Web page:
The revolutionary genome editing method, CRISPR-Cas9, broadens horizons immeasurably in the health field. Recently discovered, it makes it possible to rapidly, efficiently and cheaply modify the DNA of plants, animals and humans to correct genetic anomalies. However, changing the genetic code of human embryos to create custom babies would present ethical problems. Christine Pourcel, a researcher at the Institute for Integrative Biology of the Cell (I2BC) at the University of Paris-Saclay, contributed to the discovery.
MedicalExpo e-mag: Did CRISPR-Cas9 grow out of bacteria’s natural defenses against viruses?
Christine Pourcel: Yes. It’s based on a natural system that resembles vaccination. When a bacterium is first infected by a foreign aggressor, it stores a bit of the attacker’s genetic information in its chromosome. If the same aggressor returns, the bacterium is prepared to counterattack to destroy it.
ME e-mag: How does it work?
Christine Pourcel: The CRISPR structure is the genetic element where the virus-related information is stored, much as in an archive. Then there’s a series of genes which produce proteins called Cas (for CRISPR-associated) because they are always associated with the CRISPR element. Among others, these might be nucleases, capable of cutting the DNA. Cas9 is one of the nucleases of the CRISPR-Cas system. This is a rather exceptional protein because it has multiple functions usually carried out by three of four different proteins. The big discovery was to use this single protein with multiple properties, including the ability to cut DNA. To cut DNA in a precise location, we use a characteristic of the CRISPR-Cas system—to put a bit of homologous RNA right on the targeted spot.
Here’s the methodology used by scientists: We determine the target on the DNA. We choose a segment and copy it as RNA. We have an outside company synthesize this bit of RNA. It’s easy and doesn’t cost much because it’s not very long. Next, we inject this RNA and the Cas9 protein into the target cell. Together, they attach to the section of chromosome matching the RNA and make the cut. This triggers a repair mechanism.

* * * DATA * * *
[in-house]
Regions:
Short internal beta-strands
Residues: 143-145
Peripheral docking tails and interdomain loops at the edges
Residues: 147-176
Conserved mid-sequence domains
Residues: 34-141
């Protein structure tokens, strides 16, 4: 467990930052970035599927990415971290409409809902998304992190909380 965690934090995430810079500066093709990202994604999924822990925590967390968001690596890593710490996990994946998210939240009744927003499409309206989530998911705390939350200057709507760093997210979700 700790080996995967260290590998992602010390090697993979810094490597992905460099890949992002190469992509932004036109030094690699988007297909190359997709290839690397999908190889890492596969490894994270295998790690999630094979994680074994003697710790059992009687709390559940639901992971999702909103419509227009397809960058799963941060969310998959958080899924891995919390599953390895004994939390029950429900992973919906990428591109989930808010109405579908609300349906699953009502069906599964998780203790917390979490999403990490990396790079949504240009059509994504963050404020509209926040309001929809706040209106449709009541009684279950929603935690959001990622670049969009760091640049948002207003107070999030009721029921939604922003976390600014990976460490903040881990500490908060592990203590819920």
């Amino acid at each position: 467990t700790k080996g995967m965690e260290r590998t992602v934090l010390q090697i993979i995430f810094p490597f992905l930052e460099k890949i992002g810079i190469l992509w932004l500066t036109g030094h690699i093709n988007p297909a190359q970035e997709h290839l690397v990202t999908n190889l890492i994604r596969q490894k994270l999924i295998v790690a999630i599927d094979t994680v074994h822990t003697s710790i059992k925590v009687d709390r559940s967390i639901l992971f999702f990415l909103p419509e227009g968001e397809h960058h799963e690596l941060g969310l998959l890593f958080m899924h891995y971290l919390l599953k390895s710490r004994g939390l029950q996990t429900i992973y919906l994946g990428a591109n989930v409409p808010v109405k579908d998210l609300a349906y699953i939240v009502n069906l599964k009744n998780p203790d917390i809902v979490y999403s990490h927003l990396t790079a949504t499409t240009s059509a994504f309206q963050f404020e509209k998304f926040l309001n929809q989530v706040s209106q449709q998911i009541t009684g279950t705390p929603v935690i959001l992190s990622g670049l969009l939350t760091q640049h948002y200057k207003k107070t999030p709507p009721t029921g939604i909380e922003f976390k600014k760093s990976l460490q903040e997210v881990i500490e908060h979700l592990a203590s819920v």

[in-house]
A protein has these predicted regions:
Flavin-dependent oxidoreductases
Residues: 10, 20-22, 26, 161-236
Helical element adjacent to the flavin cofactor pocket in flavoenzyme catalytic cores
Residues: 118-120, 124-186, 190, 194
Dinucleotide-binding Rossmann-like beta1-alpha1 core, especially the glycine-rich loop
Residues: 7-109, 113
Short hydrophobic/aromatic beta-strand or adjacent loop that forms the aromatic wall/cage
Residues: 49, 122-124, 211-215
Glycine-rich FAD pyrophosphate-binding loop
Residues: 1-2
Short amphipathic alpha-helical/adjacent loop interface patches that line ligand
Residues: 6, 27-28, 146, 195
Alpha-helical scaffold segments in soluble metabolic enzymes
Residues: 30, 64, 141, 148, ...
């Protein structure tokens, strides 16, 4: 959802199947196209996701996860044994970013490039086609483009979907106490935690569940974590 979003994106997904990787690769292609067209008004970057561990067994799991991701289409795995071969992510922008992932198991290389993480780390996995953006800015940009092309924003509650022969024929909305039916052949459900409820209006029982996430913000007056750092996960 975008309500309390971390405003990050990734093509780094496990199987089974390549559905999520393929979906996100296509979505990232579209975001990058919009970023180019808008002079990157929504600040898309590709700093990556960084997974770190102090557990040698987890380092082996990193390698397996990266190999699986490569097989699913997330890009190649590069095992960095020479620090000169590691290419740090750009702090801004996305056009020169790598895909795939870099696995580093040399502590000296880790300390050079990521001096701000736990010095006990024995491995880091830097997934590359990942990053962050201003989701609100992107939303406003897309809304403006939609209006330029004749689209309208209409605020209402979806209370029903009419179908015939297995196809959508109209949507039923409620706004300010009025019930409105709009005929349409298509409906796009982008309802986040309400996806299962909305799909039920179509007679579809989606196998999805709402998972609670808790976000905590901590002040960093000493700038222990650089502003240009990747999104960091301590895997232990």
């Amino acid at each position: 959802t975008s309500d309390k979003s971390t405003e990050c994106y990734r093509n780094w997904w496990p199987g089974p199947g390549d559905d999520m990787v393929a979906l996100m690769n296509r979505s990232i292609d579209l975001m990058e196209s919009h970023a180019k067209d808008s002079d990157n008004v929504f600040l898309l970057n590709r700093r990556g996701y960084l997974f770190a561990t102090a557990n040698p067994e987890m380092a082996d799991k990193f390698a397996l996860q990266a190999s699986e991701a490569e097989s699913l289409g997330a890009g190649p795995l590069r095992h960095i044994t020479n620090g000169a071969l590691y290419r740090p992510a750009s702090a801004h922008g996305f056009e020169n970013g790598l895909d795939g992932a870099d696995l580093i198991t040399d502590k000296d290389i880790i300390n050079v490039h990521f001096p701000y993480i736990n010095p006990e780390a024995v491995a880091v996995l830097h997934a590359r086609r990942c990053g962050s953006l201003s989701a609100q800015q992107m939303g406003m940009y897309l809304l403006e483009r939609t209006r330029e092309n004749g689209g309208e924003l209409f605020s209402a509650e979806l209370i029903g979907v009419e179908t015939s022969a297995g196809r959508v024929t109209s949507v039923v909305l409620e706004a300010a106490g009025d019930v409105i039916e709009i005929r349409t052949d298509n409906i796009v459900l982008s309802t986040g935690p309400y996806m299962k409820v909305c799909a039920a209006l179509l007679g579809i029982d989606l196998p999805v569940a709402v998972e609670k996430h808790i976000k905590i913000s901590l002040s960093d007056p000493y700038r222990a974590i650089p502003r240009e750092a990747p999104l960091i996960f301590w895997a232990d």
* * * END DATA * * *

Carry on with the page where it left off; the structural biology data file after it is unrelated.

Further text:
ME e-mag: Is it also possible to use the cut to insert a new piece of DNA?
Christine Pourcel: Yes. We can put something else in the cell to replace the cut part. This involves a recombination mechanism that will replace the abnormal area with what we supplied, i.e., a bit of functioning DNA. For example, we can use this to repair a genetic defect. The technique has been tested on numerous animals—flies, worms, fish, mice and others—and on diverse cell cultures. It seems to work every time.
ME e-mag: What are the possible applications?
Christine Pourcel: Setting aside human applications for the moment, there is an enormous number of possibilities for improving plants or the productivity of livestock. For example, it’s already been tried on farmed fish, pigs and cows. The Chinese have used it to modify rice to improve its ability to grow in dry areas and to resist insects. It’s actually a new way to make GMOs that is faster, simpler and more effective. They might even be better than current GMOs. Today, the process leaves something in the plant’s chromosome, that makes it resistant to an antibiotic, for example. This new method leaves nearly no trace of the modification. It’s as if we achieved the result via natural selection.
ME e-mag: Have there been studies on the method’s effects?
Christine Pourcel: It’s exactly same as for today’s GMOs. Will the modified Chinese rice create agricultural or human health problems a few years from now? For the moment, we don’t know. Another animal application with potential consequences would be the elimination of a pest species, like the malaria mosquito. It’s theoretically possible. We don’t know the consequences, but it would mean human intervention in natural selection. We already do this, in fact, since our simple presence eliminates certain animal species. But using the genetic methods we’ve been talking about would accelerate the process. It also poses an ethical problem.